While investigating aging processes in the brain, Cai and his colleagues noticed that aging mice produce increasing levels of nuclear factor kB (NF-kB) — a protein complex that plays a major role in regulating immune responses. The protein is barely active in the hypothalamus of 3-to-4-month-old mice but becomes very active in old mice, ages 22 to 24 months.
To see whether it was possible to affect aging by manipulating levels of this protein complex, Cai’s team tested three groups of middle-aged mice. One group was given gene therapy that inhibits NF-kB, the second had gene therapy to activate NF-kB and the third was left to age naturally.
This last group lived, as expected, between 600 and 1,000 days. Mice with activated NF-kB all died within 900 days, while the animals with NF-kB inhibition lived for up to 1,100 days.
The mice that lived the longest also remained mentally and physically fit for longer. Six months after receiving gene therapy, all the mice were given a series of tests involving cognitive and physical ability.
In all of the tests, the mice that subsequently lived the longest outperformed those in the control group, while the short-lived mice performed the worst.
Postmortem examinations of muscle and bone in the longest-living rodents also showed that they had many chemical and physical qualities of younger mice.
Further investigation revealed that NF-kB reduces the level of a chemical produced by the hypothalamus called gonadotropin-releasing hormone (GnRH) — better known for its involvement in the regulation of puberty and fertility, and the production of eggs and sperm.
To see if they could control life span using this hormone, the team gave another group of mice — 20 to 24 months old — daily injections of GnRH for five to eight weeks. These mice lived longer, too, by a length of time similar to that of mice with inhibited NF-kB.
GnRH injections also resulted in new neurons in the brain. What’s more, when injected directly into the hypothalamus, GnRH influenced other brain regions, reversing widespread age-related decline and further supporting the idea that the hypothalamus could be a master controller for many aging processes.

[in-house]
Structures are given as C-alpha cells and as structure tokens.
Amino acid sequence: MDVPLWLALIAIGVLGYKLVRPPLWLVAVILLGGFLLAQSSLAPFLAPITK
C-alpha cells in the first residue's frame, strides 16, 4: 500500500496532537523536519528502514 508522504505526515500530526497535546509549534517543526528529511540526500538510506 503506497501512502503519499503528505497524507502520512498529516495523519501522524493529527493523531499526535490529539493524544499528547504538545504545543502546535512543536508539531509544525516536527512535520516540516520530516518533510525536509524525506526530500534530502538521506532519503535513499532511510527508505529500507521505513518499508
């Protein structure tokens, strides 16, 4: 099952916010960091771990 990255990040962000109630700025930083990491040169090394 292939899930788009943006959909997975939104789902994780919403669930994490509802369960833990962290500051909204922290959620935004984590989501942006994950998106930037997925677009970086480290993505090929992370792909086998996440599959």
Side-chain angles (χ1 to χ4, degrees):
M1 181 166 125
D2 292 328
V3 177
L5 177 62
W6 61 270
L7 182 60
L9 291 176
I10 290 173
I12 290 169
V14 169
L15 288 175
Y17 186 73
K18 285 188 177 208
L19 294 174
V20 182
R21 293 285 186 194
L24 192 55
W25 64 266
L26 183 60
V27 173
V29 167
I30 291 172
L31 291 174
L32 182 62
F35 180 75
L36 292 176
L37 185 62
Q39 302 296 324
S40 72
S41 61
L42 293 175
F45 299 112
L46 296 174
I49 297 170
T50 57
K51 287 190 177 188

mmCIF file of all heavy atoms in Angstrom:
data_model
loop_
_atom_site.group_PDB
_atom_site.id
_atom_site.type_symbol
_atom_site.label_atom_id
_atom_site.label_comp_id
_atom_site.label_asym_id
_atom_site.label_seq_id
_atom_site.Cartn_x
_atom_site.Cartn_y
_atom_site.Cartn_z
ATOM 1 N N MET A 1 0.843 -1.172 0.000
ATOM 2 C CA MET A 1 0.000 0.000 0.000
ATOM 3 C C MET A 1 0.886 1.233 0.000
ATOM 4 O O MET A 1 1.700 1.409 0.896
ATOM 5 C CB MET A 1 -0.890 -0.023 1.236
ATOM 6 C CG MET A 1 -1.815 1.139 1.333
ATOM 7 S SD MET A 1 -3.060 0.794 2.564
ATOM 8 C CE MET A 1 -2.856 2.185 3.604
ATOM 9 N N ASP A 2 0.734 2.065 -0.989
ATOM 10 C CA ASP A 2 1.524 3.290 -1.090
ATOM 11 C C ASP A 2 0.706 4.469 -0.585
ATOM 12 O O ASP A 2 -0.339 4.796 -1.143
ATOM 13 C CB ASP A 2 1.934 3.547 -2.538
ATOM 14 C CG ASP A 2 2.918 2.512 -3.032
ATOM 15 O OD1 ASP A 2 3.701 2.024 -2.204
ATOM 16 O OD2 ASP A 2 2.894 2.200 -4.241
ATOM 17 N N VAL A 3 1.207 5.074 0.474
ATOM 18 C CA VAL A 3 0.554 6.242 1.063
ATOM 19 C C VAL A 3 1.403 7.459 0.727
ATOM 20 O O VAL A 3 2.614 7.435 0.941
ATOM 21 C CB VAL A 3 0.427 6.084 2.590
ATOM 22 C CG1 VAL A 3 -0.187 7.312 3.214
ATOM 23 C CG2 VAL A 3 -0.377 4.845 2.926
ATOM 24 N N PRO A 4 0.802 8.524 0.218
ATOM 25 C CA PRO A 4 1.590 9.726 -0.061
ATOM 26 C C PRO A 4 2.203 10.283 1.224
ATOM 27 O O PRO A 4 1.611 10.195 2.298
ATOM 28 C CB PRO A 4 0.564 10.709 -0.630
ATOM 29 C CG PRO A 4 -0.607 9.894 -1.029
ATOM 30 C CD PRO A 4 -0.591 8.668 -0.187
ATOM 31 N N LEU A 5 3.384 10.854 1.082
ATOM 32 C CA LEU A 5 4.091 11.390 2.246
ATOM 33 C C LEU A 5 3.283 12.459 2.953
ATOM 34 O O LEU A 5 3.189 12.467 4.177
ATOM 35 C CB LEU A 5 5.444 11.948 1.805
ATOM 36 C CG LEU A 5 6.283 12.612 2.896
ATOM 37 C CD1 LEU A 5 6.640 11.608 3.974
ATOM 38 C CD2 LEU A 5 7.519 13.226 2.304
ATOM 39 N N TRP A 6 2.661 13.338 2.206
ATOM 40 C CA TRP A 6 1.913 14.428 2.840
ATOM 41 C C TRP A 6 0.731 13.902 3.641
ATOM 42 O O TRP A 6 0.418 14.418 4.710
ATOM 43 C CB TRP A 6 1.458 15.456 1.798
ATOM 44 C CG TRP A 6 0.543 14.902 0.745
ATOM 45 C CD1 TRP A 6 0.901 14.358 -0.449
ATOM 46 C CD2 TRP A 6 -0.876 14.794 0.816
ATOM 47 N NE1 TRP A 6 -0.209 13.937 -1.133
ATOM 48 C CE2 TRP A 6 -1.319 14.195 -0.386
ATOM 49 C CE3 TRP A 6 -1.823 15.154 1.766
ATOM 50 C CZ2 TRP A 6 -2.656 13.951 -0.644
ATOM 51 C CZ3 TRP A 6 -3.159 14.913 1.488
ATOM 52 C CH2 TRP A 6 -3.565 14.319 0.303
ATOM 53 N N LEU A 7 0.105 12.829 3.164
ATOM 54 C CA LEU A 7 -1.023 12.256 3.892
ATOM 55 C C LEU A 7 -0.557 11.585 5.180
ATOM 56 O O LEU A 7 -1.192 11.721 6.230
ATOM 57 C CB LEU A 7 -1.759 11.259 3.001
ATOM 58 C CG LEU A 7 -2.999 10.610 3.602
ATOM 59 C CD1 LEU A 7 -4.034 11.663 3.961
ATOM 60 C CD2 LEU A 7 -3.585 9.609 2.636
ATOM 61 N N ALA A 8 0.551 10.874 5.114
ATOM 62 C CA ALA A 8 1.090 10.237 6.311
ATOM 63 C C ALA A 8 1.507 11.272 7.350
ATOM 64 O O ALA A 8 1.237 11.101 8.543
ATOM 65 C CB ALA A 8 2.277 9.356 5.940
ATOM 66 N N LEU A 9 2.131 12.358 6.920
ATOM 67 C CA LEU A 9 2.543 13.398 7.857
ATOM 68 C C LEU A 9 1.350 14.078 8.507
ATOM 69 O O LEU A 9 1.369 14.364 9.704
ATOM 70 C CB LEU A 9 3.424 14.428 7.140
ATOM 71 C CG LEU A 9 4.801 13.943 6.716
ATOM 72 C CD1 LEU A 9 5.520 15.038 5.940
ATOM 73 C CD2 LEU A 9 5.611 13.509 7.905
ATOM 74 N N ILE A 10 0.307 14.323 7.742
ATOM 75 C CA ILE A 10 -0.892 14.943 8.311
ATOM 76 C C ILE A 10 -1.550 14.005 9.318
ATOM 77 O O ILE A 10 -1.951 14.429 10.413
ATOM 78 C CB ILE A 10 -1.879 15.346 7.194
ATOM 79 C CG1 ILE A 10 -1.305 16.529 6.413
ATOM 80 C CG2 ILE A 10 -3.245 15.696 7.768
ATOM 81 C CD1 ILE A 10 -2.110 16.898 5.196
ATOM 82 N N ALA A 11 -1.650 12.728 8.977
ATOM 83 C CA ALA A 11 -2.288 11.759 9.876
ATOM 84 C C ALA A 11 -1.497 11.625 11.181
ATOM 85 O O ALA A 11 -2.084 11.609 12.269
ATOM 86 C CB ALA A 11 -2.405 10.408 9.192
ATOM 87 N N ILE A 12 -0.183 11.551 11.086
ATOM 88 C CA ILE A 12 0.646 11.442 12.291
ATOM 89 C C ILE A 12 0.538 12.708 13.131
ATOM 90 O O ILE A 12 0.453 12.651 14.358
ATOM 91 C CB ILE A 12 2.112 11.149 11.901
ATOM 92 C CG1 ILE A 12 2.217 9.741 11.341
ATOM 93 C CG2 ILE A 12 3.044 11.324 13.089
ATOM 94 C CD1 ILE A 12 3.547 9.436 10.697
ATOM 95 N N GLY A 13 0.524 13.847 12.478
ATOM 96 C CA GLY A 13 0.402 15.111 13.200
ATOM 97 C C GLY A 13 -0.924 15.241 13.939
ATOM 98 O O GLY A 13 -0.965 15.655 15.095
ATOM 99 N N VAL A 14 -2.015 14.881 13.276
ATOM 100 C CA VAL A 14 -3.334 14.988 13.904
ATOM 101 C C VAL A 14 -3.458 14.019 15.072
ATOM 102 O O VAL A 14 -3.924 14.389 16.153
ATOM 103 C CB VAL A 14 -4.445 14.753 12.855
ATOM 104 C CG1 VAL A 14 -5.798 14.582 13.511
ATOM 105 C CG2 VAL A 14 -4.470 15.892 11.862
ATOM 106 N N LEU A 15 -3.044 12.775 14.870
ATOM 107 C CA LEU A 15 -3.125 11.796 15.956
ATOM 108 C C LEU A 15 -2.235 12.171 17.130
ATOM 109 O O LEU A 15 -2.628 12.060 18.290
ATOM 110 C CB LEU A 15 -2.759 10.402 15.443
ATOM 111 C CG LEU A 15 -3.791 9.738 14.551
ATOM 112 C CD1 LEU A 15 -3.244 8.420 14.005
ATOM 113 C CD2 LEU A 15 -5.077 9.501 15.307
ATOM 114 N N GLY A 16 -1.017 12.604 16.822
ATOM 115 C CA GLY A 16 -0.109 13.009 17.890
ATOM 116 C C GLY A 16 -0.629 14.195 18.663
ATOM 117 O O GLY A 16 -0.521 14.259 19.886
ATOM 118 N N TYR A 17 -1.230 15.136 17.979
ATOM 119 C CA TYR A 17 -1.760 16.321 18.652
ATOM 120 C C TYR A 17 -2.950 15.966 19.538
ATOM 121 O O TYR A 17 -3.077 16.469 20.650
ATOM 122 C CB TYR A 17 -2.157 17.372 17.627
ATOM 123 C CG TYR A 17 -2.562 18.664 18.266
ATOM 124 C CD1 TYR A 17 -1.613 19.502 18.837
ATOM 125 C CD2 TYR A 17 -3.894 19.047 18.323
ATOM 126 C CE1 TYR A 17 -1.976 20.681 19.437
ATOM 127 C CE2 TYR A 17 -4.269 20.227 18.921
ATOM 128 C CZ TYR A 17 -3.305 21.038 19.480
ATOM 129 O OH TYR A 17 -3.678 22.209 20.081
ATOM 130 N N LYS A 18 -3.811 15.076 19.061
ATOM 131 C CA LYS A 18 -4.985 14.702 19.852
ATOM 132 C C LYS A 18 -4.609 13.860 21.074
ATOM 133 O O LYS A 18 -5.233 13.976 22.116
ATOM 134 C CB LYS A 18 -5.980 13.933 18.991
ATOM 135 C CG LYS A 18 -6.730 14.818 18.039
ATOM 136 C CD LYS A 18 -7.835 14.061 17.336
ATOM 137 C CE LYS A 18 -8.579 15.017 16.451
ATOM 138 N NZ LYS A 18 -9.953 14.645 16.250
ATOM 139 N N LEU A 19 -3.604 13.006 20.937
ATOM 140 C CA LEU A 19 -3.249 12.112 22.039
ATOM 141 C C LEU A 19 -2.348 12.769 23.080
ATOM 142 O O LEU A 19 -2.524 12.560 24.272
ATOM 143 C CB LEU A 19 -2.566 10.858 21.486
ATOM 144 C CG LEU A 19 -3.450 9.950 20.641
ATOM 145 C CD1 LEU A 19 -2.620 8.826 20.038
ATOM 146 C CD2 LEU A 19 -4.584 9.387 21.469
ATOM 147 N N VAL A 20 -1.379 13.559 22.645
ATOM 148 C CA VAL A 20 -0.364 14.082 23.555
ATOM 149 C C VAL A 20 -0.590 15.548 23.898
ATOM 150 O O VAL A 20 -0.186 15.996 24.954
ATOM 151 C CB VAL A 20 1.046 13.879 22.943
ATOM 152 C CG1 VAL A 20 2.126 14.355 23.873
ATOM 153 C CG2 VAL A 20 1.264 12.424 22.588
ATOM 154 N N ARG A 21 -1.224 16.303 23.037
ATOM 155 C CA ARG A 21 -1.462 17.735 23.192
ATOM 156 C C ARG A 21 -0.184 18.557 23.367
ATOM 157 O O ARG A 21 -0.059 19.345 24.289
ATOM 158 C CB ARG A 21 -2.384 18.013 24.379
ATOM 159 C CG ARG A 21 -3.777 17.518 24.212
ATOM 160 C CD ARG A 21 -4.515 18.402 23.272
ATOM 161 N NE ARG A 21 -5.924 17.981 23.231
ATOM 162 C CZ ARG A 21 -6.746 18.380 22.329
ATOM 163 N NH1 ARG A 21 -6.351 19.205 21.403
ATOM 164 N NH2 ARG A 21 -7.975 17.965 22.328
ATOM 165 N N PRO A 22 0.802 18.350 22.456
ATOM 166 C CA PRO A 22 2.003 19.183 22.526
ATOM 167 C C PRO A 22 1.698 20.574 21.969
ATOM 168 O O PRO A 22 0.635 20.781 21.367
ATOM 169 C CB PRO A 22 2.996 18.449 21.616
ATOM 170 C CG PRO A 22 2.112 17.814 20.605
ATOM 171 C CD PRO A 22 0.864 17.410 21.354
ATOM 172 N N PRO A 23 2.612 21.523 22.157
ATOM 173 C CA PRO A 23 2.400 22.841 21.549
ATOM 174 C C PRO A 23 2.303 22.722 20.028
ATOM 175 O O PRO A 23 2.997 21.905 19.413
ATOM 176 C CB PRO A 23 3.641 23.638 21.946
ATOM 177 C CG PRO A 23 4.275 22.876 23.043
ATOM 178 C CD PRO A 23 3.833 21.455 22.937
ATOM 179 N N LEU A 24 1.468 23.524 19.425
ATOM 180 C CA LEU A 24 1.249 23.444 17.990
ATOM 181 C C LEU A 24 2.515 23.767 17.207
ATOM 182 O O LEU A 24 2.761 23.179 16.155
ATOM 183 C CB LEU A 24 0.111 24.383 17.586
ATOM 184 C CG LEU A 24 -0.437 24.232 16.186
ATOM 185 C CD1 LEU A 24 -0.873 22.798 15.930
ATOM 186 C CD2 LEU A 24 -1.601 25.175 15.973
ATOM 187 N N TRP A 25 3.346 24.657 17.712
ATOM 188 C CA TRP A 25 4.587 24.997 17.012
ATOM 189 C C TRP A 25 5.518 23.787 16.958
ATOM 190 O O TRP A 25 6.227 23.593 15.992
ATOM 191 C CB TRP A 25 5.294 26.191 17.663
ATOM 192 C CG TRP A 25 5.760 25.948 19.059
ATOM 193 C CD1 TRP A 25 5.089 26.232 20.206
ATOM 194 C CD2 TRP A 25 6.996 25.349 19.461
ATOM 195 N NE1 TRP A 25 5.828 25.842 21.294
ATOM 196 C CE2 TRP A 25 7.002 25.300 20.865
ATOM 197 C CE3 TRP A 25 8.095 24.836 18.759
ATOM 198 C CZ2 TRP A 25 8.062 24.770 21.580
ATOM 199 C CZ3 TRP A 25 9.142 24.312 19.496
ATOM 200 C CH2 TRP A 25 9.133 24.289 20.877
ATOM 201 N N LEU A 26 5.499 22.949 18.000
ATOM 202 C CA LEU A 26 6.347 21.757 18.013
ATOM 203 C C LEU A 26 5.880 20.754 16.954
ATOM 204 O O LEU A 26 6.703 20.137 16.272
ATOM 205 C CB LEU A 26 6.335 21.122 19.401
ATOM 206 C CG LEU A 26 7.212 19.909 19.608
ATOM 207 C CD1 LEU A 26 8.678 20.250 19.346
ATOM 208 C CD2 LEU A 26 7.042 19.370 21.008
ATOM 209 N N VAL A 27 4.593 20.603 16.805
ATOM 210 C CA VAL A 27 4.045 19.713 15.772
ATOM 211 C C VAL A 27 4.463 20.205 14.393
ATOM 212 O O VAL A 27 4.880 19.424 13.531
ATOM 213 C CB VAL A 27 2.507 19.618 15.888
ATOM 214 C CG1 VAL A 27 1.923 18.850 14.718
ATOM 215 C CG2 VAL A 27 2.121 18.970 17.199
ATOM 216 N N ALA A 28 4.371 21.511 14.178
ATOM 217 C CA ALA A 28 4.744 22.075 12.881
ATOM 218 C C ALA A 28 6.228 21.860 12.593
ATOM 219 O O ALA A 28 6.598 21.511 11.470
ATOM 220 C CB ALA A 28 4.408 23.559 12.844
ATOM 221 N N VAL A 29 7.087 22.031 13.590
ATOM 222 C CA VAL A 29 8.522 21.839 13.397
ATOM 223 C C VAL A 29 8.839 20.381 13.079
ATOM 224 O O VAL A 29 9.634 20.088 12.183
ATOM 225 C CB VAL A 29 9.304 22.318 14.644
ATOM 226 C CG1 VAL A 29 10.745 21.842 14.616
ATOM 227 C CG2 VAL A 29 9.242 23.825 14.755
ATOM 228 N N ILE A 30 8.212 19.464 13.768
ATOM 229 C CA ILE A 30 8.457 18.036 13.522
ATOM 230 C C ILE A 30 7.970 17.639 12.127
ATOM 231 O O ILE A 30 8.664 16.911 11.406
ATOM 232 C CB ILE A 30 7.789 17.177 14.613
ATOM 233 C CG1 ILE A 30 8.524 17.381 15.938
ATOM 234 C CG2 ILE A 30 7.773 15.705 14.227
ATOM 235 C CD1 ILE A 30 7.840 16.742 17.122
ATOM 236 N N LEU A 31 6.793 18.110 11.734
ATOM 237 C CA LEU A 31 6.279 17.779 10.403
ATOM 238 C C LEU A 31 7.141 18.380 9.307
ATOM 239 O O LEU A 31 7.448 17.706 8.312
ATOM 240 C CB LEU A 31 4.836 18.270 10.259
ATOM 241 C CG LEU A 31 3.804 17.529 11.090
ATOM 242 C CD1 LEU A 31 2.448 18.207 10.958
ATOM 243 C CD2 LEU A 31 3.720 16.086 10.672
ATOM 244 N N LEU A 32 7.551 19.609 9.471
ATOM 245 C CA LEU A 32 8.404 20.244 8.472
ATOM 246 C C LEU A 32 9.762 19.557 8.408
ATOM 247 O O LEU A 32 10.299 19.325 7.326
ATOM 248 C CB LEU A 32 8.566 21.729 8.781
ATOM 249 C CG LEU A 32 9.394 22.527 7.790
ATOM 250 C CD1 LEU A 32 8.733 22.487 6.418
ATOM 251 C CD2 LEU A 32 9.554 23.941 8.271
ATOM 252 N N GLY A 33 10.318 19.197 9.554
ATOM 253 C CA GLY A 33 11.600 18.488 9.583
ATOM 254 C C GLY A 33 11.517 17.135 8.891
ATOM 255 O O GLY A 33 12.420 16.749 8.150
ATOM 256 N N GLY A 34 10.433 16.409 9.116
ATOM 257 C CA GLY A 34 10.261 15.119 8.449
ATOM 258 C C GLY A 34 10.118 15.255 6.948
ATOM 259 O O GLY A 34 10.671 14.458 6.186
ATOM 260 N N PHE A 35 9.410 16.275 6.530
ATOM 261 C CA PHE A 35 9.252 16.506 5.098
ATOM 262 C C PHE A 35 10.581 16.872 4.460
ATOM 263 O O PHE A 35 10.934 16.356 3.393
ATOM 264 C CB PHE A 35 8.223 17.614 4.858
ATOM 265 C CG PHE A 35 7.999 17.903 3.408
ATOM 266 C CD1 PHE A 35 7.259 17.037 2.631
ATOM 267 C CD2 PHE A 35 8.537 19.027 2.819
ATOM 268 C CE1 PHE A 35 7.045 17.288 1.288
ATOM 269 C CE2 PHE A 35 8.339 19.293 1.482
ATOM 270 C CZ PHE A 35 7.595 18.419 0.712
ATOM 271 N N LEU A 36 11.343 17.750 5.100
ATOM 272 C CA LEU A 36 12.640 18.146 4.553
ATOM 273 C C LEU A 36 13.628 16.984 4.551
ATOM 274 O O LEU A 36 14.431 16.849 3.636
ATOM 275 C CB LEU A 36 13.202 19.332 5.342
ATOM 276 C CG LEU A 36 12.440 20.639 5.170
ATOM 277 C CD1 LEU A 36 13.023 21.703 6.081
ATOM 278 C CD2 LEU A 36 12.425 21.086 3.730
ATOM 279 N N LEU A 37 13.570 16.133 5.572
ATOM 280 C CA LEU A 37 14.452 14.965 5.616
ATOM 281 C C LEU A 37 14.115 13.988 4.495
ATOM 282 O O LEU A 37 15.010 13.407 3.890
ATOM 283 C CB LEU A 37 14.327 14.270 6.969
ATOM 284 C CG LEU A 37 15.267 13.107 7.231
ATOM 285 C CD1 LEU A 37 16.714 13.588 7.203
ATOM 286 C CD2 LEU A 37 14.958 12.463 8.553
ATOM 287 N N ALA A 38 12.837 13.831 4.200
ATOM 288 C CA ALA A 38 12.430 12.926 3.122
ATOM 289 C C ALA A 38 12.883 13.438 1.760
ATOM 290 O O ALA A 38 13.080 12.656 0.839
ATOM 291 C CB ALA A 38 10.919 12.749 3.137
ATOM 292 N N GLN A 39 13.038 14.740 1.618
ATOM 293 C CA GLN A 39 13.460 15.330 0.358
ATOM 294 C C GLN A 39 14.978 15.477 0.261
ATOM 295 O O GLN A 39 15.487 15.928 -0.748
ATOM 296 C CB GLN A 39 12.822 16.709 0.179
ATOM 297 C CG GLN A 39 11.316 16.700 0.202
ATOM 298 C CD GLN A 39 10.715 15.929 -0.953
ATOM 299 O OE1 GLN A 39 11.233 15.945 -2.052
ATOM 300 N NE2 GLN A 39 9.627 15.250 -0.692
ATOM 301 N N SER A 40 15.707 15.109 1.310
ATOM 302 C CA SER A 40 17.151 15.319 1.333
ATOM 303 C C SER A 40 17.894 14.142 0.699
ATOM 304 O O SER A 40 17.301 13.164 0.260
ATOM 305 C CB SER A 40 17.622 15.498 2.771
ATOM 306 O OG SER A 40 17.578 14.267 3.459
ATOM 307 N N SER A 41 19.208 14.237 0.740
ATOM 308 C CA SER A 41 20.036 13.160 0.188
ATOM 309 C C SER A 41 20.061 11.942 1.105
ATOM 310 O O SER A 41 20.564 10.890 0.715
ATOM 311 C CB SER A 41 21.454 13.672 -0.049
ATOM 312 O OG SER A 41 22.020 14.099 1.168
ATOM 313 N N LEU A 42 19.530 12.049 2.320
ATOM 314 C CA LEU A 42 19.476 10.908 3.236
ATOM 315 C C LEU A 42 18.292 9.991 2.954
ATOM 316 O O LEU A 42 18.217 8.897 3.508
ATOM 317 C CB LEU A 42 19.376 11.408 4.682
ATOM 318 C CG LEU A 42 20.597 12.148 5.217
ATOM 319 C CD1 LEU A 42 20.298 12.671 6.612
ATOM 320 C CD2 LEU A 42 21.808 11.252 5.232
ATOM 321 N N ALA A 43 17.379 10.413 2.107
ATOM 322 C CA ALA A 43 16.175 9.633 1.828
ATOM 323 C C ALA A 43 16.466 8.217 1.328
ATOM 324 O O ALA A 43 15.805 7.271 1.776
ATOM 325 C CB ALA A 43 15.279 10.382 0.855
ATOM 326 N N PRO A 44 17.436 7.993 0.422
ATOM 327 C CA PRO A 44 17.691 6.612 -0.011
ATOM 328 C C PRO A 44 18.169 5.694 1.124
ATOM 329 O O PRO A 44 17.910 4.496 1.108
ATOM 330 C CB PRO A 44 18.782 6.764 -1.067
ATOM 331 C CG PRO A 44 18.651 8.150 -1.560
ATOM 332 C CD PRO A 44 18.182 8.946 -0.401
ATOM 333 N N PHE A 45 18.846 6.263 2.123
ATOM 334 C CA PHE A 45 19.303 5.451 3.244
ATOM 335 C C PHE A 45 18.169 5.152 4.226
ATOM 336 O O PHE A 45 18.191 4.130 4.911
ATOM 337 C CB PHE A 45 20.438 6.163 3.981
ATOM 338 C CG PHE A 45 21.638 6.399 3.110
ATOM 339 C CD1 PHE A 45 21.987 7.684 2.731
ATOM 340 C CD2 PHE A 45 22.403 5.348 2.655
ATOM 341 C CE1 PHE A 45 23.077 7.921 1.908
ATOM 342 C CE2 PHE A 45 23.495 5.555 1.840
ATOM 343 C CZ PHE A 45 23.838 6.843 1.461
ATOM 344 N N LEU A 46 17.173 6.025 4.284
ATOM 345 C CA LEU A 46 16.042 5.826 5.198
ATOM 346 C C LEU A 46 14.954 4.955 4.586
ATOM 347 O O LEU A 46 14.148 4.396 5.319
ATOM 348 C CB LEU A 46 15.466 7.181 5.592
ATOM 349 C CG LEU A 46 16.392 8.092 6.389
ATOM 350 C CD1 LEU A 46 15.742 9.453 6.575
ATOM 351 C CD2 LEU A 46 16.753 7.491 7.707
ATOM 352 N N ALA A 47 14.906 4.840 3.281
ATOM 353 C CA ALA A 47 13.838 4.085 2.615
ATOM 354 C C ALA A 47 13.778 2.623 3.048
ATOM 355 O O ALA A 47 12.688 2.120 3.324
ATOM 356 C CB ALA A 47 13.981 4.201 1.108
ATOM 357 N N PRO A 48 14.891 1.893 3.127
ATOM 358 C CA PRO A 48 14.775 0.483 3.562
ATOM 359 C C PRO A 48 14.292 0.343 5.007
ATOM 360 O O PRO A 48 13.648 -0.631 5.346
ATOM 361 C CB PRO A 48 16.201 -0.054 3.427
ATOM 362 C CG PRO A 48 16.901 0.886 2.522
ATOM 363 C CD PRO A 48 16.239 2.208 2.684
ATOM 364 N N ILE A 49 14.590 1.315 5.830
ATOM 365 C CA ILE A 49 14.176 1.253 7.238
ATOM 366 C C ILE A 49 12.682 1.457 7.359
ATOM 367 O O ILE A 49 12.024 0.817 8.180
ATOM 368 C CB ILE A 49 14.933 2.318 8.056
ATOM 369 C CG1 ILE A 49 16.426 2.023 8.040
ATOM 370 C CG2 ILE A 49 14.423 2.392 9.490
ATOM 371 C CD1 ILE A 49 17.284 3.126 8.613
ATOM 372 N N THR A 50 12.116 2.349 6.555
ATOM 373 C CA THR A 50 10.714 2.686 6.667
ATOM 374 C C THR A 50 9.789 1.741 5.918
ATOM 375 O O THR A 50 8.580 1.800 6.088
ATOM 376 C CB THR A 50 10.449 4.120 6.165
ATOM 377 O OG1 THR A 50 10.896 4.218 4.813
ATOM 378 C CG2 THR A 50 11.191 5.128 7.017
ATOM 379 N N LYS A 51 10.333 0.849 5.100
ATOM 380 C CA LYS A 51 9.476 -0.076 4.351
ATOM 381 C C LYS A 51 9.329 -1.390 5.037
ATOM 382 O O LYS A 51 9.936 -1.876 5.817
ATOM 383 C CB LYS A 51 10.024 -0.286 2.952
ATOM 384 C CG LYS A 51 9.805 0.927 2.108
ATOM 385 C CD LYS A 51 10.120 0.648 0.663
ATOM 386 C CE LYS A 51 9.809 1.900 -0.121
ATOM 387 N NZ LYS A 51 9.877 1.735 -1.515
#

GnRH injections even delayed aging in the mice that had been given gene therapy to activate NF-kB and would otherwise have aged more quickly than usual. None of the mice in the study showed serious side effects.
So could regular doses of GnRH keep death at bay? Cai hopes to find out how different doses affect life span, but he says the hormone is unlikely to prolong life indefinitely since GnRH is only one of many factors at play. “Aging is the most complicated biological process,” he says.
“There are dozens of pathways that people will look at thanks to this work,” says Richard Miller at the University of Michigan in Ann Arbor. Miller has previously demonstrated that an immunosuppressant drug called rapamycin can also extend life in mice.
Since the hypothalamus and GnRH regulate several major biological processes, it may be possible to influence aging through related mechanisms, Miller says. He wants to look at possible dietary interventions, such as the indirect effect that spikes in glucose may have on the hypothalamus.
Stuart Maudsley at the National Institute on Aging agrees that the hypothalamus could be the route in for age-controlling drugs. “The body is all one big juicy system,” he says. The ideal drug would hit that system at its center. “Activate that keystone and everything falls into place,” he says.
Maudsley posits that we could see drugs that slow aging in the next 20 years. Initially, though, research is likely to focus on delaying the onset of age-related diseases.
But since the hypothalamus has an effect on every cell in the body, Maudsley warns that interfering with it could lead to unwanted sequences of events. “You’re playing with fire,” he says.
— New Scientist